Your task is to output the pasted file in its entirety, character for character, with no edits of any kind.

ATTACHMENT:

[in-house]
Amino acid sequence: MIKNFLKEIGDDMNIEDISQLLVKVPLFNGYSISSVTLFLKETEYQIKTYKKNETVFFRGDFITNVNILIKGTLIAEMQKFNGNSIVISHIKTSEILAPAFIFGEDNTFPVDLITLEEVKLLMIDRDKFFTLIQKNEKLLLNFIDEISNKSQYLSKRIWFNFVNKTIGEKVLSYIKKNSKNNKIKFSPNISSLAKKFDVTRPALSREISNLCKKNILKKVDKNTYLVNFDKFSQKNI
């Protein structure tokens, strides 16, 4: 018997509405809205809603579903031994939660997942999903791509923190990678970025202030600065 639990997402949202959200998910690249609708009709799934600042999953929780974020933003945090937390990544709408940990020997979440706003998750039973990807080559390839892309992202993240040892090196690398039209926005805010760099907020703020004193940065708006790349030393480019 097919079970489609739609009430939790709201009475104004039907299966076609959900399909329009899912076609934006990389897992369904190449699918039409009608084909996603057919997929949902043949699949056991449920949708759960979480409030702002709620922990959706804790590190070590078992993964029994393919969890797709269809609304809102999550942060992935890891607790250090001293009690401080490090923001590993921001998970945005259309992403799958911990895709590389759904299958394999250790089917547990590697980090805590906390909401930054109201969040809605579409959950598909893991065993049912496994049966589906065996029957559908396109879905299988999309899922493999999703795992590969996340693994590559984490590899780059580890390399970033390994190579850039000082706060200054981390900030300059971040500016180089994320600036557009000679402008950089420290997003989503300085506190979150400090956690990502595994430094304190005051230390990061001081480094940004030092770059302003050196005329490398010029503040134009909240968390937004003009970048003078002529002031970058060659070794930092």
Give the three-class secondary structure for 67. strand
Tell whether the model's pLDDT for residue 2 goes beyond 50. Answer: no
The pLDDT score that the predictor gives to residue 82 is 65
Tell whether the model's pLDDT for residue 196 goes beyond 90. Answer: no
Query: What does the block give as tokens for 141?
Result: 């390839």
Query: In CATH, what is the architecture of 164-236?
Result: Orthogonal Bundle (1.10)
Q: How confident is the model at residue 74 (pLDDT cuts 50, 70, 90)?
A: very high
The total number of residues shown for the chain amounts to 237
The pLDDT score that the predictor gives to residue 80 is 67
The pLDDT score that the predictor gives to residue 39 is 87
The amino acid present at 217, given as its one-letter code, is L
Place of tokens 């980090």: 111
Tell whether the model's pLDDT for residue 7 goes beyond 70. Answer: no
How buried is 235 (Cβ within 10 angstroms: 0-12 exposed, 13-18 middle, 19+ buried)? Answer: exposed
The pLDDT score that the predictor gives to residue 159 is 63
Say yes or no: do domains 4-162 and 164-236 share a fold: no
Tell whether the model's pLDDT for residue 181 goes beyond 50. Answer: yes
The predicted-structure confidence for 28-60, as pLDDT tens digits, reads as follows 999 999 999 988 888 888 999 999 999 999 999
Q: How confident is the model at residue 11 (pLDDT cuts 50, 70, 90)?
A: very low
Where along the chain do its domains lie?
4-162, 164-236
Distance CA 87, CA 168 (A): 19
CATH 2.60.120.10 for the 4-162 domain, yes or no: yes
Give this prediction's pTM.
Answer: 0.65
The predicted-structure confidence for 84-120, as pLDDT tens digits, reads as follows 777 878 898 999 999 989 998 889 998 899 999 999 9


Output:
[in-house]
Amino acid sequence: MIKNFLKEIGDDMNIEDISQLLVKVPLFNGYSISSVTLFLKETEYQIKTYKKNETVFFRGDFITNVNILIKGTLIAEMQKFNGNSIVISHIKTSEILAPAFIFGEDNTFPVDLITLEEVKLLMIDRDKFFTLIQKNEKLLLNFIDEISNKSQYLSKRIWFNFVNKTIGEKVLSYIKKNSKNNKIKFSPNISSLAKKFDVTRPALSREISNLCKKNILKKVDKNTYLVNFDKFSQKNI
């Protein structure tokens, strides 16, 4: 018997509405809205809603579903031994939660997942999903791509923190990678970025202030600065 639990997402949202959200998910690249609708009709799934600042999953929780974020933003945090937390990544709408940990020997979440706003998750039973990807080559390839892309992202993240040892090196690398039209926005805010760099907020703020004193940065708006790349030393480019 097919079970489609739609009430939790709201009475104004039907299966076609959900399909329009899912076609934006990389897992369904190449699918039409009608084909996603057919997929949902043949699949056991449920949708759960979480409030702002709620922990959706804790590190070590078992993964029994393919969890797709269809609304809102999550942060992935890891607790250090001293009690401080490090923001590993921001998970945005259309992403799958911990895709590389759904299958394999250790089917547990590697980090805590906390909401930054109201969040809605579409959950598909893991065993049912496994049966589906065996029957559908396109879905299988999309899922493999999703795992590969996340693994590559984490590899780059580890390399970033390994190579850039000082706060200054981390900030300059971040500016180089994320600036557009000679402008950089420290997003989503300085506190979150400090956690990502595994430094304190005051230390990061001081480094940004030092770059302003050196005329490398010029503040134009909240968390937004003009970048003078002529002031970058060659070794930092």
Give the three-class secondary structure for 67. strand
Tell whether the model's pLDDT for residue 2 goes beyond 50. Answer: no
The pLDDT score that the predictor gives to residue 82 is 65
Tell whether the model's pLDDT for residue 196 goes beyond 90. Answer: no
Query: What does the block give as tokens for 141?
Result: 């390839």
Query: In CATH, what is the architecture of 164-236?
Result: Orthogonal Bundle (1.10)
Q: How confident is the model at residue 74 (pLDDT cuts 50, 70, 90)?
A: very high
The total number of residues shown for the chain amounts to 237
The pLDDT score that the predictor gives to residue 80 is 67
The pLDDT score that the predictor gives to residue 39 is 87
The amino acid present at 217, given as its one-letter code, is L
Place of tokens 């980090």: 111
Tell whether the model's pLDDT for residue 7 goes beyond 70. Answer: no
How buried is 235 (Cβ within 10 angstroms: 0-12 exposed, 13-18 middle, 19+ buried)? Answer: exposed
The pLDDT score that the predictor gives to residue 159 is 63
Say yes or no: do domains 4-162 and 164-236 share a fold: no
Tell whether the model's pLDDT for residue 181 goes beyond 50. Answer: yes
The predicted-structure confidence for 28-60, as pLDDT tens digits, reads as follows 999 999 999 988 888 888 999 999 999 999 999
Q: How confident is the model at residue 11 (pLDDT cuts 50, 70, 90)?
A: very low
Where along the chain do its domains lie?
4-162, 164-236
Distance CA 87, CA 168 (A): 19
CATH 2.60.120.10 for the 4-162 domain, yes or no: yes
Give this prediction's pTM.
Answer: 0.65
The predicted-structure confidence for 84-120, as pLDDT tens digits, reads as follows 777 878 898 999 999 989 998 889 998 899 999 999 9